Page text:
P3 Procurement Accelerates 558 Bridge Replacements in Pennsylvania

P3 Procurement Accelerates 558 Bridge Replacements in Pennsylvania
​Pennsylvania Department of Transportation ​Pennsylvania, USA
​CDM Smith provided technical advisory services to the Pennsylvania Department of Transportation (PennDOT) to develop this award-winning P3 procurement.
A Strategic Solution to Accelerate Safety and Mobility
Inside just 3 years—by the end of 2017—an unprece­dented 558 bridges had been replaced across Penn­syl­va­nia, improving safety and mobility for travelers thanks to a ground­break­ing public-private partnership (P3) between the Penn­syl­va­nia Department of Trans­porta­tion (PennDOT) and developer consortium Plenary Walsh Keystone Partners (PWKP). The Rapid Bridge Replacement (RBR) project originated in 2013, when PennDOT was challenged by an aging, struc­turally deficient (SD) bridge inventory and limited funding and resources. The department sought a cost-effective, efficient solution to replace hundreds of its roughly 4,000 SD bridges, while minimizing public incon­ve­nience and overcoming its funding and resource shortfalls. CDM Smith provided technical advisory services to PennDOT to identify bridges for program inclusion and to develop a strong P3 procurement.

Screening for Best-fit Bridges

PennDOT Key 1Given the state’s significant number of SD bridges, a two-tiered screening process was deployed to identify which bridges were the best fit for the project. First, high-level criteria were applied to identify single and two-span SD bridges that required full replacement, were repre­sen­ta­tive of PennDOT’s portfolio, and did not have active consultant activity. This brought the eligible bridge total to around 900. Next, bridges were assessed based on 35 detailed criteria, including P3 readiness, envi­ron­men­tal concerns, remaining life, cost to replace, volume of traffic, and number of lanes. By the end of the assessment, the final list narrowed to 558 bridges.

Enabling Assembly-Line Design and Construc­tion

PennDOT Key 2With the right bridges identified, CDM Smith and PennDOT then devised a procurement that aimed to drive innovation in logistics and supply chain management. A set of technical require­ments was developed to allow for pre-design of a number of standard bridge designs, enabling assembly line production of bridge components and lowering unit costs and delivery times. The similarity of the SD bridges selected during the screening facilitated streamlined design and prefab­ri­ca­tion of stan­dard­ized components, and it also enabled rapid replacement to be possible.

The 558 SD bridges were scheduled to be replaced ... decades sooner [due to the] strong agreement between PennDOT and its private-sector partners.

Putting Replace­ments on the Fast Track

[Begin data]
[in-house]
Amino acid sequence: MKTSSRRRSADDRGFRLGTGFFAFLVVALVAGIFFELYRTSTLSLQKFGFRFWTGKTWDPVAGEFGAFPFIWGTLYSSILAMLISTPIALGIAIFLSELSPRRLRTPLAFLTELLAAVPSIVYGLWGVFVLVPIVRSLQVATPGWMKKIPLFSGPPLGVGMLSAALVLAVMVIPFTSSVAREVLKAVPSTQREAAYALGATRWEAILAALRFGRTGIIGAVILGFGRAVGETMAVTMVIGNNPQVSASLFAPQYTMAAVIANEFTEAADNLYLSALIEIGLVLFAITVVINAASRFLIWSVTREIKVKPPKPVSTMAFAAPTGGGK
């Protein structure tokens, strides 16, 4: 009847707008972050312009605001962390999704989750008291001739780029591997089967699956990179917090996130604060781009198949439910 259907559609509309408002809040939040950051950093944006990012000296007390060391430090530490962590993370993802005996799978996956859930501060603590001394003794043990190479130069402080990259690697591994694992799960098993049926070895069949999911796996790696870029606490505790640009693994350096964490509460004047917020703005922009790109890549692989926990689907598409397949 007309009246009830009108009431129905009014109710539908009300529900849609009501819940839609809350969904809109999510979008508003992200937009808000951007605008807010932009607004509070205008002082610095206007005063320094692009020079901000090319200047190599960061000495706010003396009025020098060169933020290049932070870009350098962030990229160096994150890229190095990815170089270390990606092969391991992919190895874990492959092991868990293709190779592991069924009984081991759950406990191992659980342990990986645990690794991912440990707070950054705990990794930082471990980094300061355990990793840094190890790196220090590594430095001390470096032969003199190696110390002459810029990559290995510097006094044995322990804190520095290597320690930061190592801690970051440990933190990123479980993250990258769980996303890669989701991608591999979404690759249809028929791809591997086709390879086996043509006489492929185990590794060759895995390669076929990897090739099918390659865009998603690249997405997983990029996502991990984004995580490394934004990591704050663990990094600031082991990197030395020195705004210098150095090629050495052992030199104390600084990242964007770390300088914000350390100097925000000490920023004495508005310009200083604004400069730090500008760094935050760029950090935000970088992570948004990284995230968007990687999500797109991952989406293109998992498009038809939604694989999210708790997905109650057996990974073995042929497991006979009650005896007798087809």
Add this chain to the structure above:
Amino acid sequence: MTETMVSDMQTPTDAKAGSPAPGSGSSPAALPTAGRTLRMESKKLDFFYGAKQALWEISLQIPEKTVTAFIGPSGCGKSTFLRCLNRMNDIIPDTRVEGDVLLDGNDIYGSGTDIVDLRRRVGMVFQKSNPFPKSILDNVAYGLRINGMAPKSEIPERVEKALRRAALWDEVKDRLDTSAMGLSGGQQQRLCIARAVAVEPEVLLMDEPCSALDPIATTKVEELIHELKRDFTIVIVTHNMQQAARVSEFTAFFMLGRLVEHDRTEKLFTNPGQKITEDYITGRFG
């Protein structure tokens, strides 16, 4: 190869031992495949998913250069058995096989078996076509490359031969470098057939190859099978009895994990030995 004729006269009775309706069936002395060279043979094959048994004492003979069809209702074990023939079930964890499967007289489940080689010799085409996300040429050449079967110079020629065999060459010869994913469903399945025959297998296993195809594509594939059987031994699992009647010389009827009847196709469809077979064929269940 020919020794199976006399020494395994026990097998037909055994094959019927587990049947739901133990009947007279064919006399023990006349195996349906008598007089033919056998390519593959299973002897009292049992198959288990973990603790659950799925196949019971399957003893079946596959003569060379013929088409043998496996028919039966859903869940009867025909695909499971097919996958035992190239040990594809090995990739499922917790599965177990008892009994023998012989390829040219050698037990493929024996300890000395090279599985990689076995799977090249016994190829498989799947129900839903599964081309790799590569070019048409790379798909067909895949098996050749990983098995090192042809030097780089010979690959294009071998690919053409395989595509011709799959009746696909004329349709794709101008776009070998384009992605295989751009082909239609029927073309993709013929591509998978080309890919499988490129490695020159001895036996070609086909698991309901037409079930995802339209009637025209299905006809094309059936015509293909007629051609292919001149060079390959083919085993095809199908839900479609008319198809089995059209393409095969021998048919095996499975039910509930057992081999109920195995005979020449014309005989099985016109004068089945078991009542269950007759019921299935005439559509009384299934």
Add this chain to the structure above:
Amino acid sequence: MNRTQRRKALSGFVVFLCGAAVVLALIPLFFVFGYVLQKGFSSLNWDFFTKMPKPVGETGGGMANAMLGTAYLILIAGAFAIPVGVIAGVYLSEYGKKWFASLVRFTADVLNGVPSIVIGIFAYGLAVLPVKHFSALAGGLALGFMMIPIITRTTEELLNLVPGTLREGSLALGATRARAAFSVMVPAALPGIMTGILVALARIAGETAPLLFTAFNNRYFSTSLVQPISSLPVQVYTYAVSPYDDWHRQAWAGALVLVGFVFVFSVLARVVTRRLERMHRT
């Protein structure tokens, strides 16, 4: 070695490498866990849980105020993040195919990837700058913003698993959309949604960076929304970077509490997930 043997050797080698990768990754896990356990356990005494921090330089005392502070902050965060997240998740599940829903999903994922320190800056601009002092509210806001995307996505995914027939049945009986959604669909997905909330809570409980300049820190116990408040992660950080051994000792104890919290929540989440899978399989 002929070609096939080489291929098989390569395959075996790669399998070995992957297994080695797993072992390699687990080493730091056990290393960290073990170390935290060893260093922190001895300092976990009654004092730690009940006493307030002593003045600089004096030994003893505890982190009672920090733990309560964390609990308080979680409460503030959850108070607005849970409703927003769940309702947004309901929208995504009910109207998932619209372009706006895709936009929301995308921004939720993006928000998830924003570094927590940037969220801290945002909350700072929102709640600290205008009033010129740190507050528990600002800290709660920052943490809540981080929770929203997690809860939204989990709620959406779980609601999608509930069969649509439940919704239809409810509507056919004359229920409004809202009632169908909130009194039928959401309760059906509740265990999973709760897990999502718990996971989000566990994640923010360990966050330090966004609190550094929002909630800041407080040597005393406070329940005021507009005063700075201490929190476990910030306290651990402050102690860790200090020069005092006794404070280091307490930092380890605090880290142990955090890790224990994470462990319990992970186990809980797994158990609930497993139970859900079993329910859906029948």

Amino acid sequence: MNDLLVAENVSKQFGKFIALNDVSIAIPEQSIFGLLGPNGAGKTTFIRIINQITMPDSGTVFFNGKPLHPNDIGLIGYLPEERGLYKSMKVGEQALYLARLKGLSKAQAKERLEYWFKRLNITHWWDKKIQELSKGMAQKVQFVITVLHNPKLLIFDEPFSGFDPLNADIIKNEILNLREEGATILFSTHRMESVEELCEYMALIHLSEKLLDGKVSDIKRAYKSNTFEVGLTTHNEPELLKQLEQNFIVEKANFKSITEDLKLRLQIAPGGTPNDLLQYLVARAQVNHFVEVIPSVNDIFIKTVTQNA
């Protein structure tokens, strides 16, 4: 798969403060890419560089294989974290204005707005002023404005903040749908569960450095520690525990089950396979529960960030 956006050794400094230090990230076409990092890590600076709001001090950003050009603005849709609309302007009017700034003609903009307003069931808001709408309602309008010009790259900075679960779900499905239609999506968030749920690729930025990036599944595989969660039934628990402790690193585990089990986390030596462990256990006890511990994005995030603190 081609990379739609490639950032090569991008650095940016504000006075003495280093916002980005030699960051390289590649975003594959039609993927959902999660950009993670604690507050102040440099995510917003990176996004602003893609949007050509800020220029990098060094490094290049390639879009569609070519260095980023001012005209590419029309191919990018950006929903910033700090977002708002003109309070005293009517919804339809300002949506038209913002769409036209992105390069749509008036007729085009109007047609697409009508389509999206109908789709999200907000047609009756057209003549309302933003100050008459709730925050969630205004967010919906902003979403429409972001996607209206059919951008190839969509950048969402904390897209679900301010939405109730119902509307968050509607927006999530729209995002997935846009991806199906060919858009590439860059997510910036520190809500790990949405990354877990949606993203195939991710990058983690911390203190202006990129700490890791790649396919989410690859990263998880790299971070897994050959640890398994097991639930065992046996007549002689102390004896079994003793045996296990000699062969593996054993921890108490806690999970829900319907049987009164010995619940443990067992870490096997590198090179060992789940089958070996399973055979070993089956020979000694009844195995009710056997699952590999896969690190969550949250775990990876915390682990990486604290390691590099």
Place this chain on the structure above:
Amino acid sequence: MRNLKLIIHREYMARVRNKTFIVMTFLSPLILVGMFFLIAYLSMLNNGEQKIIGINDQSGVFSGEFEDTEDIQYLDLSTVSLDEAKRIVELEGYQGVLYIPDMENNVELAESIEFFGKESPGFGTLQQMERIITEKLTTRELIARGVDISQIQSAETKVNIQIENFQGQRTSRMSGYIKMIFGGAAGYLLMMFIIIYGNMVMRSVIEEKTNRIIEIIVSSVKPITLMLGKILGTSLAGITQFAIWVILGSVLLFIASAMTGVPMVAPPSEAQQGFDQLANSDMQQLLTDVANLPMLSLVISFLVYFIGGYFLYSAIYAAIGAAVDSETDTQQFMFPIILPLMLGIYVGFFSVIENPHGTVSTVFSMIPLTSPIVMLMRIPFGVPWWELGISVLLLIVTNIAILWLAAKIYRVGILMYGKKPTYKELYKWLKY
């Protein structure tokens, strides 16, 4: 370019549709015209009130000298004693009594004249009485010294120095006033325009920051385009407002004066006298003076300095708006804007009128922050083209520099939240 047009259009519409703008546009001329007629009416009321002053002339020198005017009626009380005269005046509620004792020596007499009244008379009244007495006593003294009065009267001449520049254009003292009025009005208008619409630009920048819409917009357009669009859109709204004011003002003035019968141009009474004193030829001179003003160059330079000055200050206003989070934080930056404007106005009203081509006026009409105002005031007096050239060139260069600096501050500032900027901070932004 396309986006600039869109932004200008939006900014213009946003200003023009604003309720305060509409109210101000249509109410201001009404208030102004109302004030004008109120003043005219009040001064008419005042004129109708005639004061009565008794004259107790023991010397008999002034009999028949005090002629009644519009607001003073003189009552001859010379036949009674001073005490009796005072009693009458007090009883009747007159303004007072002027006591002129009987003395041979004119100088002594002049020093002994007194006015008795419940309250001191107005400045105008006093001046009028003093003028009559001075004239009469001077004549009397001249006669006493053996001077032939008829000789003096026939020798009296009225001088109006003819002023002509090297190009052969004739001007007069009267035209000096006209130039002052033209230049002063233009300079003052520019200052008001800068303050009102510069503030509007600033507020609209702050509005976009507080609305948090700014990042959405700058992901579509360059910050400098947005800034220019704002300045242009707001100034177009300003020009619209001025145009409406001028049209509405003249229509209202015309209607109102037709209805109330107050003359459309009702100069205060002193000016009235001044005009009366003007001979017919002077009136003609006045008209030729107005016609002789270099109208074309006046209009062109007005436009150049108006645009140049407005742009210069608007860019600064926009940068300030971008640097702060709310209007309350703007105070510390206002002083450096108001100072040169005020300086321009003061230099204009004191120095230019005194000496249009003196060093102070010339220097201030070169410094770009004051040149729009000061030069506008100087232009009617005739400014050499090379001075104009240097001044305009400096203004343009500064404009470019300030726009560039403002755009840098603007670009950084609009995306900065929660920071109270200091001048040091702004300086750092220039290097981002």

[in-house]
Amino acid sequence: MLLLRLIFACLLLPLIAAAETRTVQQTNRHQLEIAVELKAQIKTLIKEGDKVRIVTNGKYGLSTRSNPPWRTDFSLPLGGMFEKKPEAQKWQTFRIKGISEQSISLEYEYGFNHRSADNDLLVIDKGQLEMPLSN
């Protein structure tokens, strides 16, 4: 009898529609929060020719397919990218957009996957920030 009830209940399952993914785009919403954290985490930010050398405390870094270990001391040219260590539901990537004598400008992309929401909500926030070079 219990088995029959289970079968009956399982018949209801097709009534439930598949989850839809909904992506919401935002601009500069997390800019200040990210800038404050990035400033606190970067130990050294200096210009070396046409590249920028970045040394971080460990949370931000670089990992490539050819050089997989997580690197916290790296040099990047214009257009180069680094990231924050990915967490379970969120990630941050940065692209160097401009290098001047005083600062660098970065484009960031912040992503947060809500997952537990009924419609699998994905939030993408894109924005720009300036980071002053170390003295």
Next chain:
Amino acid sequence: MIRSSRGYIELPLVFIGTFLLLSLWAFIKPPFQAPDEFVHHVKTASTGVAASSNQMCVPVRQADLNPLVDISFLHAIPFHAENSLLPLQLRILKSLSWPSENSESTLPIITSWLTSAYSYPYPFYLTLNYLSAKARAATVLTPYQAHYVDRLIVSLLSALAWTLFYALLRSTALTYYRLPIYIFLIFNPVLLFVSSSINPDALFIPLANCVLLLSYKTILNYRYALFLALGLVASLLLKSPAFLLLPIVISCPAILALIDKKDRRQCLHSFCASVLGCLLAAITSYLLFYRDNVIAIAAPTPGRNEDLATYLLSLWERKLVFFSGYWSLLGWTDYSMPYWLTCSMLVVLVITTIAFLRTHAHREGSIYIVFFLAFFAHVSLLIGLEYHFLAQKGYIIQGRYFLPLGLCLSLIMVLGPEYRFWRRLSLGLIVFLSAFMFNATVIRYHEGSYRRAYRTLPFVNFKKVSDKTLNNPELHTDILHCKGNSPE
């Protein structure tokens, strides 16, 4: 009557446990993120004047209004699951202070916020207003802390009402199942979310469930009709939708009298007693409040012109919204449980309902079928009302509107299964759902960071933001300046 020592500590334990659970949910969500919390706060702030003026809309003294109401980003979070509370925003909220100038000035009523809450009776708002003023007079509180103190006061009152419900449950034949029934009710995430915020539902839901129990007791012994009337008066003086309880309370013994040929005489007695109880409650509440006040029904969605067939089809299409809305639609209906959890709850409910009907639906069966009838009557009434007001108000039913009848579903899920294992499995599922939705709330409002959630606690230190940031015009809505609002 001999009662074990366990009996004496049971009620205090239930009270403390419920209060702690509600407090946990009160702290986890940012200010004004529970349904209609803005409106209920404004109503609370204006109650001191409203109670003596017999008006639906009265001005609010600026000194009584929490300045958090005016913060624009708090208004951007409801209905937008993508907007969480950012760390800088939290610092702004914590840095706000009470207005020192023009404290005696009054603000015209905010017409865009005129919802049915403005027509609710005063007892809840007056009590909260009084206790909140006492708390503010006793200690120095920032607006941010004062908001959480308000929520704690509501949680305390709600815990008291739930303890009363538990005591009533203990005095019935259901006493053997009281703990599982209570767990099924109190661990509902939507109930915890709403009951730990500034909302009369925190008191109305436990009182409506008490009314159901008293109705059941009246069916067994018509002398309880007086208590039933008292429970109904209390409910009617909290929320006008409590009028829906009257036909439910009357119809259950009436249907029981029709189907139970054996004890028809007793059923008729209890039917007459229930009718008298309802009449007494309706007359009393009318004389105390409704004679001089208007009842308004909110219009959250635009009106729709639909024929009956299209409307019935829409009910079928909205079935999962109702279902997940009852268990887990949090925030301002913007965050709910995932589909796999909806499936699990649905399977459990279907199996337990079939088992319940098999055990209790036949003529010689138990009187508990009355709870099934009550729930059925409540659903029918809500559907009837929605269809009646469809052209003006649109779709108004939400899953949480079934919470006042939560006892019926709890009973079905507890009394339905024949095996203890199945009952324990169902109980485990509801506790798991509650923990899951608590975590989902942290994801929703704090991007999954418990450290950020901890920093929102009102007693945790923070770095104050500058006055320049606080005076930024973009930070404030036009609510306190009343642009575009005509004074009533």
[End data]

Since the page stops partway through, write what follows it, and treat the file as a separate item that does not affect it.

PennDOT Key 3For PennDOT, it was important that the developer begin construc­tion on a number of bridge replace­ments in the contract’s first year. Before 
construc­tion could begin, each replacement had to first be designed and receive necessary envi­ron­men­tal permits and approvals. To expedite construc­tion activities so multiple bridges could be ready for construc­tion during year one, the concept of “early completion bridges” (ECBs) and “remaining eligible bridges” (REBs) was included in the procurement. While PennDOT agreed to advance the envi­ron­men­tal, right-of-way, and utility clearances for the designated 88 ECBs, PWKP took respon­si­bil­ity for obtaining all clearances for the REBs.
Divvying up Maintenance in Phases
PennDOT Key 4For P3 projects that include a maintenance component, the developer is typically responsible for all maintenance for the duration of the contract. With 558 small bridge sites across the state, such an arrangement would have been very costly and not in PennDOT’s best interest. So CDM Smith and the department formed an approach that allocated maintenance respon­si­bil­i­ties to the party best positioned to perform each activity and gave PennDOT sufficient time to assume maintenance respon­si­bil­i­ties. Under this approach, PWKP adheres to phased handback require­ments: vegetation is handed back 1 year after a bridge’s completion, flexible pavement after 5 years, and all remaining elements after 25 years.
Procuring Success and Accolades
The RBR contract was procured, awarded in 12 months to PWKP, and financially closed in March 2015. As a result of the innovative screening process and procurement approach, and the P3’s single avail­abil­ity payment concession agreement, many firsts were achieved: PennDOT’s first trans­porta­tion P3, the nation’s first allocation of private activity bonds, and the first project to receive the Federal Highway Admin­is­tra­tion’s “Special Exper­i­men­tal Project 15” approval. This ground­break­ing, nationally recognized project has gone on to win three awards: Best Transport Project at P3 Awards 2015, one of the Public Works Financing’s top 10 Transport Deals of the Year, and an ACEC/PA’s 2016 Honor Award for Engineering Excellence.
The project achieved substantial completion on January 2, 2019 with all 558 poor condition bridges being replaced. The majority were replaced in an expedited timeframe with minimal impacts to the traveling public and PennDOT’s traditional highway and bridge delivery program.

John Munoz John Munoz
Not only were we able to deliver high quality bridges, we were also cost effective through the process, which we knew was important to PennDOT.

Did you know?

PennDOT's Rapid Bridge Replacement P3 procurement has picked up lots of praise, winning top honors at P3 Awards 2015 and garnering recognition from Public Works Financing and the American Council of Engineering Companies of Pennsylvania.

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